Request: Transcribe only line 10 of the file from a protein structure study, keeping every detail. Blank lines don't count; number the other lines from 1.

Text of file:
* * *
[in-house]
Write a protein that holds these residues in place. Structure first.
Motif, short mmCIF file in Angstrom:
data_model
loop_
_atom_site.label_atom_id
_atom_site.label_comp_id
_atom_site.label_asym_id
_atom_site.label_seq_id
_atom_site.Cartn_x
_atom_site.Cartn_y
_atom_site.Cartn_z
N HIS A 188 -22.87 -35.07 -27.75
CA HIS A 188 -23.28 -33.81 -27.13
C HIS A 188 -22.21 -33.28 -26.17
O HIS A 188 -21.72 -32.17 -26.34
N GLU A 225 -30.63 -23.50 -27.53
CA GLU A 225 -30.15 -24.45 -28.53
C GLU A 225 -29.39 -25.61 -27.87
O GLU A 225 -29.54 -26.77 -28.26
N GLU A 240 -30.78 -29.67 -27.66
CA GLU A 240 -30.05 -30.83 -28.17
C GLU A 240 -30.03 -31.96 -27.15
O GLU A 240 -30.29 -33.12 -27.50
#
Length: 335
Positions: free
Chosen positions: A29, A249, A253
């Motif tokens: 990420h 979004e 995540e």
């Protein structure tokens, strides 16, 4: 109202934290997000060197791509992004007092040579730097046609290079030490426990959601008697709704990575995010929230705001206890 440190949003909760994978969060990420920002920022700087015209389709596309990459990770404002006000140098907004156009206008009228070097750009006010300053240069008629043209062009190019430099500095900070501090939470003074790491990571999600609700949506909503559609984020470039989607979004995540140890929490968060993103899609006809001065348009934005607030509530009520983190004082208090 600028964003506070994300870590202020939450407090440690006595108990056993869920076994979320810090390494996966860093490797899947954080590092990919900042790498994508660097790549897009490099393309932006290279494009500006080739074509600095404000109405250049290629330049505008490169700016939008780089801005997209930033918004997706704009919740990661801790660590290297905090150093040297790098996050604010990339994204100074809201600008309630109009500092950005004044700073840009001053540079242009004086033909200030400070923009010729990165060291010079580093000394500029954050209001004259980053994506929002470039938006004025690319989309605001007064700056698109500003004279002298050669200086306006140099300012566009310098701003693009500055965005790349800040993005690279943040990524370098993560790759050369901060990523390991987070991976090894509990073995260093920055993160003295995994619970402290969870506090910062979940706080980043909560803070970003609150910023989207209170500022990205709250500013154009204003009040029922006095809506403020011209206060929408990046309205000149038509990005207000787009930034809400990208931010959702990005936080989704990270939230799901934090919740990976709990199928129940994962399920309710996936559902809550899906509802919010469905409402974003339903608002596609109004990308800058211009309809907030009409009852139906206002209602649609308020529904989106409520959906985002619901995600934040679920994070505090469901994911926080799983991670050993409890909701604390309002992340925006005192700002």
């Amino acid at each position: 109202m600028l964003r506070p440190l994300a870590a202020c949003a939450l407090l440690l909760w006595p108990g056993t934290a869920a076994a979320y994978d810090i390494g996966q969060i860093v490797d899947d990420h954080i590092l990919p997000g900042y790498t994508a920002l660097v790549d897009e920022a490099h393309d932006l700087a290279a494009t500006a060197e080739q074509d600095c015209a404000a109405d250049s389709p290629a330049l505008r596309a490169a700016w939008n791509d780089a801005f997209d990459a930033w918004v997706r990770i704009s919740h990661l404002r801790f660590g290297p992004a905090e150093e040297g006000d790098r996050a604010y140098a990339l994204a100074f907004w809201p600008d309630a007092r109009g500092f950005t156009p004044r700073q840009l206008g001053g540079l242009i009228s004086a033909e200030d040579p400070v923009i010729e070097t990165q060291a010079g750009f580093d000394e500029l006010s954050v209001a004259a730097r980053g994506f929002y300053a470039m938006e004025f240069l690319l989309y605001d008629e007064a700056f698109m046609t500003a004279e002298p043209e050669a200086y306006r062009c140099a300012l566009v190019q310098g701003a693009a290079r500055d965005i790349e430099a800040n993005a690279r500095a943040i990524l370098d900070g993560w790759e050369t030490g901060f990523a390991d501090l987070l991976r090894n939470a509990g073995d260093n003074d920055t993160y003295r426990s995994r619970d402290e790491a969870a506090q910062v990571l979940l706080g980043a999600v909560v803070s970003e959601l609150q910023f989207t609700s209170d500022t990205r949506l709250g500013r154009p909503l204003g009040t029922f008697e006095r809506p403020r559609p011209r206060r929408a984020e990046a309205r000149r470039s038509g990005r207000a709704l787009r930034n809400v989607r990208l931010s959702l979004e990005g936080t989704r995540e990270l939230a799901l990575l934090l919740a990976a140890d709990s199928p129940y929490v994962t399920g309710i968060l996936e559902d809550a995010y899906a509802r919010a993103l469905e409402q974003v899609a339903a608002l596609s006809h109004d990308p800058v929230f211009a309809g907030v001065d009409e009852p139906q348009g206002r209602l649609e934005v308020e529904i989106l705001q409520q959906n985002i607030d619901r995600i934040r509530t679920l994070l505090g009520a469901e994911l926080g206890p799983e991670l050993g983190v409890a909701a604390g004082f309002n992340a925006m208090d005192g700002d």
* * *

_atom_site.Cartn_x